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Another way Trump has messed with my viewing habits is the disastrous effect he’s had on my short-term memory. To repeat our era’s constant refrain, there’s so much news these days. My mental VHS tape fills up every couple of weeks, and I have to wipe it, just like I used to have to make room for more episodes of New York Undercover. Just as I was about to finalize my Top 10 list, I realized it contained four shows that had been released in the last month or so, so I made a last-minute tweak to address my recency bias. (Sorry, Mrs. Maisel, you really are marvelous, but we hardly know each other.) Of course, that’s Netflix’s fault even more than Trump’s. Now that it’s more common to consume entire seasons of television in a weekend, rather than on a weekly drip, it’s much easier to forget shows, even if they sparked 48 hours of delight months ago. (Todd, I also started watching a ton of YouTube this year—though my tastes turn more to gentle, genteel card-making and urban sketching videos.)

Delight and an element of surprise were the criteria I used to select my Top 10 (which could certainly have been 20 shows, though even then I doubt I could’ve gotten more than two or three network joints on my list).

  1. Claws (TNT)
  2. Halt and Catch Fire (AMC)
  3. The Americans (FX)
  4. Line of Duty (Hulu)
  5. She’s Gotta Have It (Netflix)
  6. The Handmaid’s Tale (Hulu)
  7. Unbreakable Kimmy Schmidt (Netflix)
  8. The Deuce (HBO)
  9. Longmire (Netflix)
  10. Brooklyn Nine-Nine (Fox)

Willa, you often say that sociology is the least interesting way to critique television (or any art form). I agree, and although several of my picks focus on issues—or take them seriously, at any rate—that’s not why I chose them. I just adored Claws from the moment I saw its main characters—who are bigger, more female, more colorful, more of color, and much poorer than anyone else on television—strut around their nail salon with a confidence they might not be able to pull off elsewhere. Someone I discussed the show with compared it, unfavorably, to Breaking Bad, in large part because Dean Norris is in the cast. I loved Breaking Bad, but I like Claws more. Unlike Walter White, who’s privileged enough to be clueless about how the world works at the beginning of Breaking Bad, Desna and her crew (another tight team who have one another’s backs) are all too familiar with the myriad ways the deck is stacked against them. How could they not be? Desna, Jennifer, Virginia, Quiet Ann, and Polly have all dealt with big problems—abusive foster parents, drug addiction, compelled sex work, racism, homophobia, a mind more creative than someone of their station in life is permitted to possess—and while they might not have triumphed, yet, they’re all fighting like hell to at least hold on to the gains they’ve made. And what a collection of fantastic actors, led by the amazing Niecy Nash. The show is far from perfect—it’s marred by every scene involving a man—but it’s fun and thrilling and full of surprises.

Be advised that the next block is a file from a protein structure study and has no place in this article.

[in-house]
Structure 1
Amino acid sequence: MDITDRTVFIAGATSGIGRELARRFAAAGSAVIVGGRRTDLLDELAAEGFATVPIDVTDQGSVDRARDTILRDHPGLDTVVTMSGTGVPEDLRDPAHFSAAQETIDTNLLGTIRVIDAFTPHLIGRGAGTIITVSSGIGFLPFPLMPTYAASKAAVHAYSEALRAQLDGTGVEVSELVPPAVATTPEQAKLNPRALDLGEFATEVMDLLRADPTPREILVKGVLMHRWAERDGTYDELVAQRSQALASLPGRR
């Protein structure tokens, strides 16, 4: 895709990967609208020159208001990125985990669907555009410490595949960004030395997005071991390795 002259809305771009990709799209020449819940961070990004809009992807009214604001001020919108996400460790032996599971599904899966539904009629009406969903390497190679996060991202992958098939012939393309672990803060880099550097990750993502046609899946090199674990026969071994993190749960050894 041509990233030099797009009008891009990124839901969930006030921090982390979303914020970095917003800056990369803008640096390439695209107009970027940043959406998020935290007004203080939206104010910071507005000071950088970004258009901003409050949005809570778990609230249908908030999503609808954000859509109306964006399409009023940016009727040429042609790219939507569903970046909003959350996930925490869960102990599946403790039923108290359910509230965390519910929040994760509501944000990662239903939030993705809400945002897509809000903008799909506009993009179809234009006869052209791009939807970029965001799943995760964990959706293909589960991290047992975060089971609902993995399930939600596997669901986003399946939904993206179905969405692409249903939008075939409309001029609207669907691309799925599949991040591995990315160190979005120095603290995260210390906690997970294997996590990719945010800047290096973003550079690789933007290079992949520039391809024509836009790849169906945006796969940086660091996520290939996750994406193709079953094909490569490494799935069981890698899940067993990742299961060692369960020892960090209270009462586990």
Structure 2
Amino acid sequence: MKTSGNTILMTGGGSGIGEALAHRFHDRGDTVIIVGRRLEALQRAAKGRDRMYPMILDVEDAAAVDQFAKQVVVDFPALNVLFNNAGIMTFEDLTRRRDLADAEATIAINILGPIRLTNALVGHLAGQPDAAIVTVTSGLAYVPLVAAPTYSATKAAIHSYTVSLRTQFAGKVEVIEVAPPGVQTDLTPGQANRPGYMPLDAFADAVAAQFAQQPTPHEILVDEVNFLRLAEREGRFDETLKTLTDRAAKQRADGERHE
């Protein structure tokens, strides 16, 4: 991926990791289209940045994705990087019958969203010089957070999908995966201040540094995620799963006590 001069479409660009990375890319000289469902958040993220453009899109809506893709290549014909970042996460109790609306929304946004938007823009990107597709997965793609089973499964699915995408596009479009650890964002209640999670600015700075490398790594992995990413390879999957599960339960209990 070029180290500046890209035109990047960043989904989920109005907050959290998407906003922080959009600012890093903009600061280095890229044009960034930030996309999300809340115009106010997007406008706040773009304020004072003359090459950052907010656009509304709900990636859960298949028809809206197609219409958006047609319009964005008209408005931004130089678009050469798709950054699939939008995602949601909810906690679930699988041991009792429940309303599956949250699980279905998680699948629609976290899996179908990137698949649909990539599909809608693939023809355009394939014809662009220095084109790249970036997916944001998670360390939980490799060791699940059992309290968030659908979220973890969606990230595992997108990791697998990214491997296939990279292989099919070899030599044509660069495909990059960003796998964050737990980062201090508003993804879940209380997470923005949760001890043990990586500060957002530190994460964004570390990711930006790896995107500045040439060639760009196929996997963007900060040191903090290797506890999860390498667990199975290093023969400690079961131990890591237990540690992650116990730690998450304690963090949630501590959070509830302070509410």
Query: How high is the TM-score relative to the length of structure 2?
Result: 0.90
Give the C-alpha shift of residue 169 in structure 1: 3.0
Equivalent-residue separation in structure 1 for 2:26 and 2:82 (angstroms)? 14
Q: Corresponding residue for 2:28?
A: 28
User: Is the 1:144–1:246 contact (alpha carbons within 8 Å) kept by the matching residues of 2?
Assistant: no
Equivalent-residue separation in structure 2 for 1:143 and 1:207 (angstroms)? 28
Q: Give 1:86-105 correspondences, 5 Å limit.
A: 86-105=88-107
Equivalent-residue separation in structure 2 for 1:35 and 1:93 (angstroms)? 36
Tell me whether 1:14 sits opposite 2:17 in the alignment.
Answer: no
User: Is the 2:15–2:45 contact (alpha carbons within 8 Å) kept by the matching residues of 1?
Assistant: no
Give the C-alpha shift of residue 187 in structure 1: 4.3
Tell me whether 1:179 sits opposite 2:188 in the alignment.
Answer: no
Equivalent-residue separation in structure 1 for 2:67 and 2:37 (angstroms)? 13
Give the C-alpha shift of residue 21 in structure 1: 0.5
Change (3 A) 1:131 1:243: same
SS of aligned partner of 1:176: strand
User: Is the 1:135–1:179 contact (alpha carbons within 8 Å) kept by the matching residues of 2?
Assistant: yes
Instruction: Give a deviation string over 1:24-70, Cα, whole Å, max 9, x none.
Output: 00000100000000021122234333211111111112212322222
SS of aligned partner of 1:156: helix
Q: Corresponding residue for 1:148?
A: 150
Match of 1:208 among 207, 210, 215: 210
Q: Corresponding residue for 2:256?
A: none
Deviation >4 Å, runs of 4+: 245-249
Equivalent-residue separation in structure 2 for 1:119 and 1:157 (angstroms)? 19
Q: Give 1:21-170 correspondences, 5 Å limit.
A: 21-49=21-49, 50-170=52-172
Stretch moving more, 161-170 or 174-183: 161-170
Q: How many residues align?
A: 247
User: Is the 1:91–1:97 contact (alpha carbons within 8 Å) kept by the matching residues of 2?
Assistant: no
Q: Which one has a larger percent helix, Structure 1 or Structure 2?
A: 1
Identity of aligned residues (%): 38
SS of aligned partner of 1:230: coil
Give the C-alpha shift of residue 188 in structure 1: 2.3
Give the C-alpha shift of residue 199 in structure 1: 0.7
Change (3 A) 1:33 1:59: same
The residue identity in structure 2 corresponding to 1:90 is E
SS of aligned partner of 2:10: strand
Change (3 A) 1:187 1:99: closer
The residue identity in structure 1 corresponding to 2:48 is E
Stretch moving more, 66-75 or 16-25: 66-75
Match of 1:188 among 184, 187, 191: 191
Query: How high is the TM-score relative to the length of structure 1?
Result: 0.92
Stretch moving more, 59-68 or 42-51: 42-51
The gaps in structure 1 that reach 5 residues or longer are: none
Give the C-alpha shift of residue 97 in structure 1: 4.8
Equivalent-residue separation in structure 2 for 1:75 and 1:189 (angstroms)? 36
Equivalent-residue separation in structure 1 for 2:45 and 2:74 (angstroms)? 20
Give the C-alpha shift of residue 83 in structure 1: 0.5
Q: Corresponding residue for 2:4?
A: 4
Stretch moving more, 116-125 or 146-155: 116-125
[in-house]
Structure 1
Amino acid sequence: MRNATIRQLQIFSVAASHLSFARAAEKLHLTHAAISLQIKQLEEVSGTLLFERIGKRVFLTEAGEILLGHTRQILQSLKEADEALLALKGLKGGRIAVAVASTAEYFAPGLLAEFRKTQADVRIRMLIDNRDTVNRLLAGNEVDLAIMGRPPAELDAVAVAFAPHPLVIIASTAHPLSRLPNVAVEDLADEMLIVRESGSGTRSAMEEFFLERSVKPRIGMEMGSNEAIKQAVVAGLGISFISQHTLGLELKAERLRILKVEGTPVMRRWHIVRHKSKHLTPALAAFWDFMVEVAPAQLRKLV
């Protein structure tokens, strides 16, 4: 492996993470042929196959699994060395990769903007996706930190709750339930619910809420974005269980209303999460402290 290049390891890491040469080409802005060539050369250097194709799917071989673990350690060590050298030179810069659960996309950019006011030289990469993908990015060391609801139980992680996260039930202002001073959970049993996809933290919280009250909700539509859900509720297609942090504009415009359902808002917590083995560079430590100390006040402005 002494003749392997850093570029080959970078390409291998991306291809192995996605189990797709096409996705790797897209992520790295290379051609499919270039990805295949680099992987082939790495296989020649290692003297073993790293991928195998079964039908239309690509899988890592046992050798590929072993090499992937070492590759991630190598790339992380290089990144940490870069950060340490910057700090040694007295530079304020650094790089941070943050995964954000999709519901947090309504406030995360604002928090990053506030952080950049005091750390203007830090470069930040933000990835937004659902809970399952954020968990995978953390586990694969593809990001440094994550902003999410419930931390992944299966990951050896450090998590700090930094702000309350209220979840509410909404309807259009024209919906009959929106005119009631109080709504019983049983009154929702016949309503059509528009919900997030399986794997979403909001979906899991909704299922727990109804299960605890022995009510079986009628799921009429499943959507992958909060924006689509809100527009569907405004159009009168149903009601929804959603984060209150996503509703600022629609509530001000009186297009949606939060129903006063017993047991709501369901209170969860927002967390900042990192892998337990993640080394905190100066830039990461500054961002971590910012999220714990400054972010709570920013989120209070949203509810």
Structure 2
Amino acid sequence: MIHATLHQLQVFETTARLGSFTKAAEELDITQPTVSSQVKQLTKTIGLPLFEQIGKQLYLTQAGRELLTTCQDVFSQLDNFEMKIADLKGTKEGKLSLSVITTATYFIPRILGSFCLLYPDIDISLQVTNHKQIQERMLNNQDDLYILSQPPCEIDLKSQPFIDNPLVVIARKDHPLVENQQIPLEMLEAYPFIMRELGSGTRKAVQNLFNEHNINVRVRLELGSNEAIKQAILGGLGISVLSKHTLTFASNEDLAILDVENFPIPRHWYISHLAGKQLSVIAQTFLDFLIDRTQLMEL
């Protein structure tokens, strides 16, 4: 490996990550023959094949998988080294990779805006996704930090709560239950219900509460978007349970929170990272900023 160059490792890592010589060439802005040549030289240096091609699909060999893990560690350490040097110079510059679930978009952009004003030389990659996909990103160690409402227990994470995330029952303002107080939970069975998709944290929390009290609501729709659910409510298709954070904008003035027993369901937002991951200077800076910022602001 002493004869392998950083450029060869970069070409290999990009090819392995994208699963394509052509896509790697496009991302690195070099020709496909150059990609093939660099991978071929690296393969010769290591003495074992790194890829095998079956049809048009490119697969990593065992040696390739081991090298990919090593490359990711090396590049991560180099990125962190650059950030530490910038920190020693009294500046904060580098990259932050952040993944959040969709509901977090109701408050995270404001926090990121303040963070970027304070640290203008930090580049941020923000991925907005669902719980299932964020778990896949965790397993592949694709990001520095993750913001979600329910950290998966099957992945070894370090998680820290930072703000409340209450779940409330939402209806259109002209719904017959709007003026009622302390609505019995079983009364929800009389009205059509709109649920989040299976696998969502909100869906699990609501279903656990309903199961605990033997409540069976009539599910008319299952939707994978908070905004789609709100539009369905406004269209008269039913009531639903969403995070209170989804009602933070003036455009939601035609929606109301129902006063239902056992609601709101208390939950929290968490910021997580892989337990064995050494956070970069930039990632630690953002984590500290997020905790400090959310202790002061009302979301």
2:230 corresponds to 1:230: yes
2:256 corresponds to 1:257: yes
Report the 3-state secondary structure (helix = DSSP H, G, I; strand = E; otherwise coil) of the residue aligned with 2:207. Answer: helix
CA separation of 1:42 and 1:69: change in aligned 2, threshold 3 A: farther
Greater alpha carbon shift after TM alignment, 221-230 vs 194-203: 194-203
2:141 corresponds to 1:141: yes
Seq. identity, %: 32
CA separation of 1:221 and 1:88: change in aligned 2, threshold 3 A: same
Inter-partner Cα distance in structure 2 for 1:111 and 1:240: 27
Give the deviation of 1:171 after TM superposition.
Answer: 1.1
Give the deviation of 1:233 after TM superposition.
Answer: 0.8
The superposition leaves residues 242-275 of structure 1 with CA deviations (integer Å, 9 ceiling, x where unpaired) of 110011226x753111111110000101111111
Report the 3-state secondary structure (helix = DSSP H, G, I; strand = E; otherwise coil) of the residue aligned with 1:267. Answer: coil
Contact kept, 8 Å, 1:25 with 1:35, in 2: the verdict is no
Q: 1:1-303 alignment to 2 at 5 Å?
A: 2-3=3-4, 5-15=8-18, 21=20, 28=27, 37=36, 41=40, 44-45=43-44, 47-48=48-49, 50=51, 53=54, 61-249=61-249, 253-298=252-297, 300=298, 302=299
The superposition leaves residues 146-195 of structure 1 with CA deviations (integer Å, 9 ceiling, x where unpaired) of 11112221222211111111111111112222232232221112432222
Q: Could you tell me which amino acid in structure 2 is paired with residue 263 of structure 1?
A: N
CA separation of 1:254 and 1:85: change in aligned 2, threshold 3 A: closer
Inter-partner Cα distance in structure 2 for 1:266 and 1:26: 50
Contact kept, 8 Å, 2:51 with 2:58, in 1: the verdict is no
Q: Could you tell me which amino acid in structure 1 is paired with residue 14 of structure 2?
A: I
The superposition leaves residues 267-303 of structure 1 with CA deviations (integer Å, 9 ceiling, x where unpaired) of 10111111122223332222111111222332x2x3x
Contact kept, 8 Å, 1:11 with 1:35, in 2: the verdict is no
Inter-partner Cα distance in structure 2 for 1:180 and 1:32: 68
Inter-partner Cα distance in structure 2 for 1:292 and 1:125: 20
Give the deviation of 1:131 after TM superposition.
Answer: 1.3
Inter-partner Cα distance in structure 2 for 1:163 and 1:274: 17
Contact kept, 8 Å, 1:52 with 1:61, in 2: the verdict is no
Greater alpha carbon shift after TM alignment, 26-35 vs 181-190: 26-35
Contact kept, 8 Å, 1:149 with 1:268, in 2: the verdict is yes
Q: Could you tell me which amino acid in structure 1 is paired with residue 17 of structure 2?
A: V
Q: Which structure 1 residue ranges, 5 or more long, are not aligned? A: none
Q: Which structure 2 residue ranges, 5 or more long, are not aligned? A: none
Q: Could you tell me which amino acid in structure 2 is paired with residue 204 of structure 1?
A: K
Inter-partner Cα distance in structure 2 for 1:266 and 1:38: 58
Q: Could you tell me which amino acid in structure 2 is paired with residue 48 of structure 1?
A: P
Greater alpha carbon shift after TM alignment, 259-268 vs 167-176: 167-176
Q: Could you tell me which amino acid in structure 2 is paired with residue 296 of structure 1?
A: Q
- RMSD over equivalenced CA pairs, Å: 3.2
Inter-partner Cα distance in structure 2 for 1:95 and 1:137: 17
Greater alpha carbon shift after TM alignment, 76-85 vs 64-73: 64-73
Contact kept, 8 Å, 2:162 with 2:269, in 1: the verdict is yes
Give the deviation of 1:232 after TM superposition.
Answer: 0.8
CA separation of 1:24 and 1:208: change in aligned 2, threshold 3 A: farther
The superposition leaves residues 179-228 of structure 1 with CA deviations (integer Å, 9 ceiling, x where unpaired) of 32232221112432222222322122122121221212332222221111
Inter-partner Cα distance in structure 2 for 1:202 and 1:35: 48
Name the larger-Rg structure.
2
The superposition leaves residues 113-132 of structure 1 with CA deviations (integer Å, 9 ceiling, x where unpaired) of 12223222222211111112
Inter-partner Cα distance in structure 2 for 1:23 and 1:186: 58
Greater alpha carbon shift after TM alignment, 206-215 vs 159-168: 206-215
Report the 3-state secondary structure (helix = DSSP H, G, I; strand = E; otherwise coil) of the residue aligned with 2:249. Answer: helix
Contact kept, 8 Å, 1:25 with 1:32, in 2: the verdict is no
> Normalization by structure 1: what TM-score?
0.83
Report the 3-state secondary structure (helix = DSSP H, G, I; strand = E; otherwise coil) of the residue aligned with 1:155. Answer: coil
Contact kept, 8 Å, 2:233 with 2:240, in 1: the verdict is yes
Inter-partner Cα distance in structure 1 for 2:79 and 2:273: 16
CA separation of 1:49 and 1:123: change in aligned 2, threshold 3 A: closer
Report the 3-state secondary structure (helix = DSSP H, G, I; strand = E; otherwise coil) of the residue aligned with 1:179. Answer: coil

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Surprises are what earned Line of Duty—a British police procedural that airs on Hulu here in the States—its place on my list. It’s the one show that I remember staying up late for this year. Even in the streaming age, when you can watch anywhere at any time, I could not go to bed without finding out what happened next. It shares another trait I love, which I’ll talk about tomorrow, but I’m mentioning Line of Duty now because it had the most bonkers, yet totally earned, plot twist that I can remember in decades of TV watching. It’s so shocking, in fact, that I’m going to be annoyingly coy about it so that others can scream at the television (or for you youngs, the computer screen) when it plays out.

And a beautifully sprung surprise is why Brooklyn Nine-Nine is in my No. 10-10. I have loved the show’s goofy, loving humanity from the start, but when Jake surprised Amy (and me!) with a marriage proposal at the end of what had thus far been an amusing but routine Halloween episode, I had to say yes. And as jarring it surely is to juxtapose a marriage proposal on a lighter-than-air sitcom and a revelation of female genital mutilation on a heavy as hell dystopian drama, that Alexis Bledel scene at the end of Episode 3 of The Handmaid’s Tale was another moment I won’t quickly forget.

This missive is exceeding its ideal length more egregiously than an FX drama toward the end of its season, so I’ll pause for now, but tomorrow … Silicon Valley in the ’90s, Moscow on the Gowanus, and black Brooklyn.

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June